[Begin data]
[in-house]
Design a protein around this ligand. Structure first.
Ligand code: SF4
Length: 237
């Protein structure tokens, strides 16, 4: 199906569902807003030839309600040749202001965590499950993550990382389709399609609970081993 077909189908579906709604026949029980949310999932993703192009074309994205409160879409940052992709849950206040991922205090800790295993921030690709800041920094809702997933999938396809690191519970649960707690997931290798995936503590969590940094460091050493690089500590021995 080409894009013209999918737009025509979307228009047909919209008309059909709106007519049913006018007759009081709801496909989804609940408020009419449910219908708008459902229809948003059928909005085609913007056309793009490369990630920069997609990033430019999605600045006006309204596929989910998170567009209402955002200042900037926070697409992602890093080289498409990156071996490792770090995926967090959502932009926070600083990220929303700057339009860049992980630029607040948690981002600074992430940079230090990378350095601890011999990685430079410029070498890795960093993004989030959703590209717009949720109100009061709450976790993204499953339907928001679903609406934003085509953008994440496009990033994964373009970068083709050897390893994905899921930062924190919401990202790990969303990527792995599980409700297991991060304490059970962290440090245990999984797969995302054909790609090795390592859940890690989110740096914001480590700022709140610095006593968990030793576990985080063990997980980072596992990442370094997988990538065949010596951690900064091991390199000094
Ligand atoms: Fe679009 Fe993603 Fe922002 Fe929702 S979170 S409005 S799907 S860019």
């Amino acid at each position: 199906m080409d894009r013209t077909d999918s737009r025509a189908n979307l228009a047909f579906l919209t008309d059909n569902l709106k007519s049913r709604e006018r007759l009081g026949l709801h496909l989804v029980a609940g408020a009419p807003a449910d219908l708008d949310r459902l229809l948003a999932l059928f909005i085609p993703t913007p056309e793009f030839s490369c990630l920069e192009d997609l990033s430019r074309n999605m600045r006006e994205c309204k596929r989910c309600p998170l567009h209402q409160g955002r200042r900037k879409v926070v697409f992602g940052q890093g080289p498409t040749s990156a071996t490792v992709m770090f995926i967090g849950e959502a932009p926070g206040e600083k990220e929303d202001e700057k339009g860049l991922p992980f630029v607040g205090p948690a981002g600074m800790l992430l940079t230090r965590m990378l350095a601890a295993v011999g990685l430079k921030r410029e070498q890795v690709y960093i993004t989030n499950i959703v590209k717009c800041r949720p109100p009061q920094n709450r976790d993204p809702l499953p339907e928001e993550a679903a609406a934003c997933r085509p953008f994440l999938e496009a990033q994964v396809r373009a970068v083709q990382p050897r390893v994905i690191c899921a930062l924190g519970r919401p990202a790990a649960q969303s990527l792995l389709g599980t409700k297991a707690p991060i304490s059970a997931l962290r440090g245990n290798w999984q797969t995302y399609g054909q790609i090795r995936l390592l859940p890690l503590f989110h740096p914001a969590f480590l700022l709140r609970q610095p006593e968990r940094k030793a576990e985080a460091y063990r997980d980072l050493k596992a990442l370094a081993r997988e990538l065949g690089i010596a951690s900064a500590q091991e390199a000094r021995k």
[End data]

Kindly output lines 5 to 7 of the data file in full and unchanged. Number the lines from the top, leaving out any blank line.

């Protein structure tokens, strides 16, 4: 199906569902807003030839309600040749202001965590499950993550990382389709399609609970081993 077909189908579906709604026949029980949310999932993703192009074309994205409160879409940052992709849950206040991922205090800790295993921030690709800041920094809702997933999938396809690191519970649960707690997931290798995936503590969590940094460091050493690089500590021995 080409894009013209999918737009025509979307228009047909919209008309059909709106007519049913006018007759009081709801496909989804609940408020009419449910219908708008459902229809948003059928909005085609913007056309793009490369990630920069997609990033430019999605600045006006309204596929989910998170567009209402955002200042900037926070697409992602890093080289498409990156071996490792770090995926967090959502932009926070600083990220929303700057339009860049992980630029607040948690981002600074992430940079230090990378350095601890011999990685430079410029070498890795960093993004989030959703590209717009949720109100009061709450976790993204499953339907928001679903609406934003085509953008994440496009990033994964373009970068083709050897390893994905899921930062924190919401990202790990969303990527792995599980409700297991991060304490059970962290440090245990999984797969995302054909790609090795390592859940890690989110740096914001480590700022709140610095006593968990030793576990985080063990997980980072596992990442370094997988990538065949010596951690900064091991390199000094
Ligand atoms: Fe679009 Fe993603 Fe922002 Fe929702 S979170 S409005 S799907 S860019």
């Amino acid at each position: 199906m080409d894009r013209t077909d999918s737009r025509a189908n979307l228009a047909f579906l919209t008309d059909n569902l709106k007519s049913r709604e006018r007759l009081g026949l709801h496909l989804v029980a609940g408020a009419p807003a449910d219908l708008d949310r459902l229809l948003a999932l059928f909005i085609p993703t913007p056309e793009f030839s490369c990630l920069e192009d997609l990033s430019r074309n999605m600045r006006e994205c309204k596929r989910c309600p998170l567009h209402q409160g955002r200042r900037k879409v926070v697409f992602g940052q890093g080289p498409t040749s990156a071996t490792v992709m770090f995926i967090g849950e959502a932009p926070g206040e600083k990220e929303d202001e700057k339009g860049l991922p992980f630029v607040g205090p948690a981002g600074m800790l992430l940079t230090r965590m990378l350095a601890a295993v011999g990685l430079k921030r410029e070498q890795v690709y960093i993004t989030n499950i959703v590209k717009c800041r949720p109100p009061q920094n709450r976790d993204p809702l499953p339907e928001e993550a679903a609406a934003c997933r085509p953008f994440l999938e496009a990033q994964v396809r373009a970068v083709q990382p050897r390893v994905i690191c899921a930062l924190g519970r919401p990202a790990a649960q969303s990527l792995l389709g599980t409700k297991a707690p991060i304490s059970a997931l962290r440090g245990n290798w999984q797969t995302y399609g054909q790609i090795r995936l390592l859940p890690l503590f989110h740096p914001a969590f480590l700022l709140r609970q610095p006593e968990r940094k030793a576990e985080a460091y063990r997980d980072l050493k596992a990442l370094a081993r997988e990538l065949g690089i010596a951690s900064a500590q091991e390199a000094r021995k």